As for the second question, I find that even more problematic. When you read through enough CIFs or Classifieds in the Presbyterian Outlook, you’ll see that many churches want highly energetic, motivated, vision-casting, passionate and purposeful leaders as pastors. They want someone to come in and “take charge.” When I worked in my church in Idaho, many viewed my pastor as the “Bible answer man.” What he said – that was the final say. I’ve also been in some churches where they don’t feel like they can start the church potluck until the pastor has prayed – there seems to be something “special” about the prayers of the pastor. How do I communicate that I don’t want anything to do with that? How do I communicate that I don’t want to be “special” – that I don’t think anything magical will happen at my ordination? What words do I use to communicate the fact that I just want to come alongside people, to walk with them on their journeys?
This past summer I worked as a chaplain in a Level 1 Trauma hospital. It was exhausting, filled with long hours, and hard on Sarah and I. But it was also an amazing experience. Whenever I reminisce about those experiences, I’m in awe of the moments that I was able to spend with people – moments that were absolutely life-changing moments for those families. Finding out that a spouse was going to die, hearing that a parent had died on the way to the hospital. These were incredible moments, and the chaplain has to be there – right with the family. More often than not, the chaplain has no words – only a presence. It’s not the chaplain’s job to have answers, to attempt to give answers, to share Bible verses – the chaplain’s job is simply to go to the depths of hell with that person – and to stay with them.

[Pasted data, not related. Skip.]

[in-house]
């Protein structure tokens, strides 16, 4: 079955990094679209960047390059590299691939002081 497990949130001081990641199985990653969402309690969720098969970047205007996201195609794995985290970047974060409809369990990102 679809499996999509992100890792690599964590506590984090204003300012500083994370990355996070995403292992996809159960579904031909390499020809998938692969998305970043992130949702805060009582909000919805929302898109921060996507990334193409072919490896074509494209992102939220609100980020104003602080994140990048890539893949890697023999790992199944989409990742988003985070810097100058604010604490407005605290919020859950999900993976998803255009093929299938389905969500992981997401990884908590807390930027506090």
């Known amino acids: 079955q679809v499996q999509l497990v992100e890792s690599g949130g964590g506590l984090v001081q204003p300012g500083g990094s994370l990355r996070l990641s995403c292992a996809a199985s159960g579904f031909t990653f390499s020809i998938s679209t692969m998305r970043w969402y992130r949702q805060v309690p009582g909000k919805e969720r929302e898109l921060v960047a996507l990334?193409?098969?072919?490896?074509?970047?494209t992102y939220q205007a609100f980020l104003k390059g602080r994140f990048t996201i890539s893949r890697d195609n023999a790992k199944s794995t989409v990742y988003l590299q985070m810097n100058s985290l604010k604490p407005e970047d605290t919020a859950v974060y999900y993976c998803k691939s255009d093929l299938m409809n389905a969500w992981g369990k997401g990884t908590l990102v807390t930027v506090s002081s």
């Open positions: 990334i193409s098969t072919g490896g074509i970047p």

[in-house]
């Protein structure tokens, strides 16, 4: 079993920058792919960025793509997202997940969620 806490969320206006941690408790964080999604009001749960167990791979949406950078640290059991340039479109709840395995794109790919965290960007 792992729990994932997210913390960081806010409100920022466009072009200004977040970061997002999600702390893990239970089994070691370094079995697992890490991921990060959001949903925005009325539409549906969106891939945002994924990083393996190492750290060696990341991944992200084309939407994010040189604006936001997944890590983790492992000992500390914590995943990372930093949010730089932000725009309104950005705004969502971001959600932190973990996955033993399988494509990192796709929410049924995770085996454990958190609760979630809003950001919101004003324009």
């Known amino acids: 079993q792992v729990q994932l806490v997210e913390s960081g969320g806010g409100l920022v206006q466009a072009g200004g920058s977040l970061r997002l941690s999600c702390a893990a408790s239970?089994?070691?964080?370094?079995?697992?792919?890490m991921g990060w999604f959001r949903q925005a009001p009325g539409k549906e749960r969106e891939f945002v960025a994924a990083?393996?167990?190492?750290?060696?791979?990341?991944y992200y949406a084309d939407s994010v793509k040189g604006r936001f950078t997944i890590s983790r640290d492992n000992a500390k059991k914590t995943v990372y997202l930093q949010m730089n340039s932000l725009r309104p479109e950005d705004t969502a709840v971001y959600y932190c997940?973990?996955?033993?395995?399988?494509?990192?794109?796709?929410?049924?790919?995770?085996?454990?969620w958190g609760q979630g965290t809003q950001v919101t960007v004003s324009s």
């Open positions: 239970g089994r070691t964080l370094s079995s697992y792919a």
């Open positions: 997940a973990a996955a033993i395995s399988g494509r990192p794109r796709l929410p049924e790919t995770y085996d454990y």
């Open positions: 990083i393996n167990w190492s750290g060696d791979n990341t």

There are many metaphors for the role of the pastor in the church today. Pastor as CEO, shepherd, teacher, entrepreneur…many of which I don’t resonate with. But I wonder about pastor as chaplain. Sure, there will be some teaching opportunities as a pastor, some times where there may be some decisions that need to be made, but what if we thought about the pastor today primarily in terms of a chaplain? Of the person who will come alongside you and join you on your spiritual journey (wherever you may be)? Would it work? I’m not sure – and I think it’d be a tough sell for churches today – but it’s something that is closer to what I resonate with, than many of the other metaphors for being a pastor today.